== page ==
I have been thinking of the problem of controlling for occupation when checking for discrimination as a form of collider bias, so I added a small simulation and discussion of it as an example in my #Mixtape on p. 74-75 showing this will bias estimates. scunning.com/cunningham_mix…
Should you control for occupations in a wage regression if you are trying to estimate gender wage penalty?
The 1-word answer is "No."
The 9 word answer "No, but that regression can tell us something useful."
In general, we don't want to control for occs because part of the lower pay for women occurs through barriers to higher paid occs. For ex: "glass ceiling" means its harder for women to enter high-paid managerial positions. Controlling for glass ceiling underestimates penalty.
But what if occs are also correlated with "skills" which are hard to directly measure? Could controlling for occs help with this problem?
Another possibility: can comparing gender gap with and w/o occ controls tell us about whether the *mechanism* of discrimination is occs?
This matters in practice. In a recent study of gender wage gap, Blau and Kahn show estimates with and without occ/ind controls: find occ/ind controls "explain" about half of the gender gap today in US.
Is this informative?
Recently @erinhengel made this very imp point that controlling for occ can under-estimate the impact of discrimination. I totally agree. This also led to an exchange with @causalinf about whether a regression with control is ever "informative." (Very smart people, both!)
Using an adapted version of Erin's code, I tried to shed some light on why a regression with occ controls can, indeed, be informative.
In general, the true effect will lie between the "no controls" and the "occ controls" estimate. So these two estimates can provide a bound.
If I got it right, with Erin's DGP discrimination affects both occ choice and wage, so controlling for occupation is "over control". But not controlling for occupation (which proxies for ability) is "under control." The bounds are tighter when occ/ability correlation low.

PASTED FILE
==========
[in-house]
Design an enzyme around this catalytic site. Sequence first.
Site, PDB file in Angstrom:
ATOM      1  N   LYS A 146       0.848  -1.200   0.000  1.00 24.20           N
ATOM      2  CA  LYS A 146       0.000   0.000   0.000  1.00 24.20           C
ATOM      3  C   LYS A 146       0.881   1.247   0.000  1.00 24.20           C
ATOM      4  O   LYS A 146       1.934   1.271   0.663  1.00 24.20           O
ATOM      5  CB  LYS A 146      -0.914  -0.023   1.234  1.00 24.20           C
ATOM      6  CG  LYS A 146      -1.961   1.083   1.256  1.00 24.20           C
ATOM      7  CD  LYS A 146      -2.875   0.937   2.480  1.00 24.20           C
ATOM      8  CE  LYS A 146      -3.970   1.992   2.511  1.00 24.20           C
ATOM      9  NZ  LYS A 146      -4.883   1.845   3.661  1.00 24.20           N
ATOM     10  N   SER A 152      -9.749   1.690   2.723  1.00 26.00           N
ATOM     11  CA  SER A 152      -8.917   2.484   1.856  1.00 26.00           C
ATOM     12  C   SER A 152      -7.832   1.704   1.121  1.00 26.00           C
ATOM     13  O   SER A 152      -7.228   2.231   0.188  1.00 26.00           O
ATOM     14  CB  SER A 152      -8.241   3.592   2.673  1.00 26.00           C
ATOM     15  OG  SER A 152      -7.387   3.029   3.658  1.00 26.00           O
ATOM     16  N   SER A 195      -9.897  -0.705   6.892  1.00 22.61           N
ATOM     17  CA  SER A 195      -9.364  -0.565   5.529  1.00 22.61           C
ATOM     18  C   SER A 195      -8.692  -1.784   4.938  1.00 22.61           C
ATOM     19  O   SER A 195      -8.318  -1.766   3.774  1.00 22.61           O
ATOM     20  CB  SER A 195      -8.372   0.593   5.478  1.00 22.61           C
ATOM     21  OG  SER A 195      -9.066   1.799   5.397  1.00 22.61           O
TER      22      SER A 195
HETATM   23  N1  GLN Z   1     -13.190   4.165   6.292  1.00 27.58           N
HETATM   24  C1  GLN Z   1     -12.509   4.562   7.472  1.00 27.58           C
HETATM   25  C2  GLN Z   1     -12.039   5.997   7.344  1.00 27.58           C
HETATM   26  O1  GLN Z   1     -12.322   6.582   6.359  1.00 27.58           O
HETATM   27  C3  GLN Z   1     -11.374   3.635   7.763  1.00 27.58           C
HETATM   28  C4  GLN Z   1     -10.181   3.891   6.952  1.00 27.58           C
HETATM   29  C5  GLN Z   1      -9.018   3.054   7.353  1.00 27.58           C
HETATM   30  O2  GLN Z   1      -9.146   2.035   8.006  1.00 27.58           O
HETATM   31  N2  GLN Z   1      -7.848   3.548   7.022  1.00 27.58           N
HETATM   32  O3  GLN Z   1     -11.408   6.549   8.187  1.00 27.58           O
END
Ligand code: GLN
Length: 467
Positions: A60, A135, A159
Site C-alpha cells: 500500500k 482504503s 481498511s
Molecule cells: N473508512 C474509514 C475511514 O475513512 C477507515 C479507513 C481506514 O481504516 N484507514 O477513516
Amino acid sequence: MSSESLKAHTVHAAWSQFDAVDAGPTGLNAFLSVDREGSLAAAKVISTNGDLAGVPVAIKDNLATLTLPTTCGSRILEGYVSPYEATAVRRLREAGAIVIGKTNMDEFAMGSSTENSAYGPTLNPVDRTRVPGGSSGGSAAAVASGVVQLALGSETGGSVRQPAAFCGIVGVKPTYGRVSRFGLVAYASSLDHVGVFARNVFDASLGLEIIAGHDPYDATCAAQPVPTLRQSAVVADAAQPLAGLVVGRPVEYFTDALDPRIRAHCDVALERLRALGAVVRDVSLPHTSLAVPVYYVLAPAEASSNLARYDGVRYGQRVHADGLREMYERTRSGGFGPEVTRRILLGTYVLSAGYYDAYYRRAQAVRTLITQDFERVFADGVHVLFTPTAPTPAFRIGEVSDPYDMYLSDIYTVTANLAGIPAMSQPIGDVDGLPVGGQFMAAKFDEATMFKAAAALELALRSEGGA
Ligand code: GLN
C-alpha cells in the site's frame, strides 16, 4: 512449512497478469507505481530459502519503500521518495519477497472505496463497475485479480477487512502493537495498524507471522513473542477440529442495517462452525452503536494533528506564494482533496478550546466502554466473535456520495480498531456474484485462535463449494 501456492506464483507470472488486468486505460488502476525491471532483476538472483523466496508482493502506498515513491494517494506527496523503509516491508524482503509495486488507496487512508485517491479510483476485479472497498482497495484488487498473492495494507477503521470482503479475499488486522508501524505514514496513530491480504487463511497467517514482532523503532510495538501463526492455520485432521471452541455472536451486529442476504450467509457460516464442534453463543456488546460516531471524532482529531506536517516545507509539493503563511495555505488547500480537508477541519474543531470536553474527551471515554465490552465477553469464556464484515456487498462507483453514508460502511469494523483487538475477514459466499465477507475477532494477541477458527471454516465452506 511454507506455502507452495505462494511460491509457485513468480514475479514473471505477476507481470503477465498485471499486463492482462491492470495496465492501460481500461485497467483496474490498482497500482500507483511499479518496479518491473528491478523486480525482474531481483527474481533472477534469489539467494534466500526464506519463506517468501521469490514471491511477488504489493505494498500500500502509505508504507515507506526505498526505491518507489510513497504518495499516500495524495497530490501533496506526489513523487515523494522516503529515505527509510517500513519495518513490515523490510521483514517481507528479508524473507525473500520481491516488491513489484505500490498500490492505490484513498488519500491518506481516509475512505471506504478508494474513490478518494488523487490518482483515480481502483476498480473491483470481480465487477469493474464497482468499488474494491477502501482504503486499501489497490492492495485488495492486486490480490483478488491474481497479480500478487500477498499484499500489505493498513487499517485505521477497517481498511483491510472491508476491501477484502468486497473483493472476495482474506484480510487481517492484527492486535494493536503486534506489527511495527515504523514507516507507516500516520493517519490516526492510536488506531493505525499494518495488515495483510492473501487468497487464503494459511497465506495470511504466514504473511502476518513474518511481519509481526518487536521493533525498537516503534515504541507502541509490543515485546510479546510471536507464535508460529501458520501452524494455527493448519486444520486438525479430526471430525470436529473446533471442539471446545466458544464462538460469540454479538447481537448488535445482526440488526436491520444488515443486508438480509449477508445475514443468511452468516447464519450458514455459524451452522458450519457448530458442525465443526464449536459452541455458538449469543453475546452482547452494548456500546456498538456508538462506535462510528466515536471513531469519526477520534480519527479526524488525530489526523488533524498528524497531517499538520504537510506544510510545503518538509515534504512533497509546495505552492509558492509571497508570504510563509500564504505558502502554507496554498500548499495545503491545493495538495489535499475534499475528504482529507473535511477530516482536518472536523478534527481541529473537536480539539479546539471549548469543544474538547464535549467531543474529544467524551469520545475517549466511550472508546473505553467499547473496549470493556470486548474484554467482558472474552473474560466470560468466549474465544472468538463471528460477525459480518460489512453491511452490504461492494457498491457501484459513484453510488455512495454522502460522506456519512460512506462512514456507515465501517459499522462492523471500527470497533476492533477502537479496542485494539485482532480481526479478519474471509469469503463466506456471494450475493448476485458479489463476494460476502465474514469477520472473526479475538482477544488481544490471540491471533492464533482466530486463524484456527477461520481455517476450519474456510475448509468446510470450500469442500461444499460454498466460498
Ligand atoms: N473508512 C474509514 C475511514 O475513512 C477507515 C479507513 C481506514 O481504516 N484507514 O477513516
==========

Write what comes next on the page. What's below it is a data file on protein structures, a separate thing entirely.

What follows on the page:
Why does this all matter? Because I think it's useful to to look at the decomposition done by Blau and Kahn: that gender wage gap today is largely unaffected by "standard" human cap controls, but is reduced by 1/2 with controls for occs and inds. 8/N
Fact that gender wage gap falls by 1/2 from occ/ind controls but is still ~10% provides an useful bound. We can argue if the occ portion reflects ability confounders, discrimination, or something else. But the effect w/ & w/o occ controls bounds this disagreement usefully. 9/N
Finally, the STATA code that used Erin and Scott's codes is here: dropbox.com/s/hies448ukhta…
Is not controlling for occ important from the immediate policy perspective? I.e. calls for equal pay laws aren't very pragmatic if they are trying to address the half of the gap that isn't within occ. Of course that half is still important just not easily solved as the other one
Not necessarily. The between-occupation gap could be caused by the with in-group occupation-gap. Within-occupation gaps will determine human capital allocation.
Matt Darling 🌐
@theamazingjex I just want to point out that this is a whole subdiscipline in Sociology (Stratification), which has addressed (theoretically and empirically) the question of why the occupations in which women are concentrated are paid less. See work by @EnglandPaula.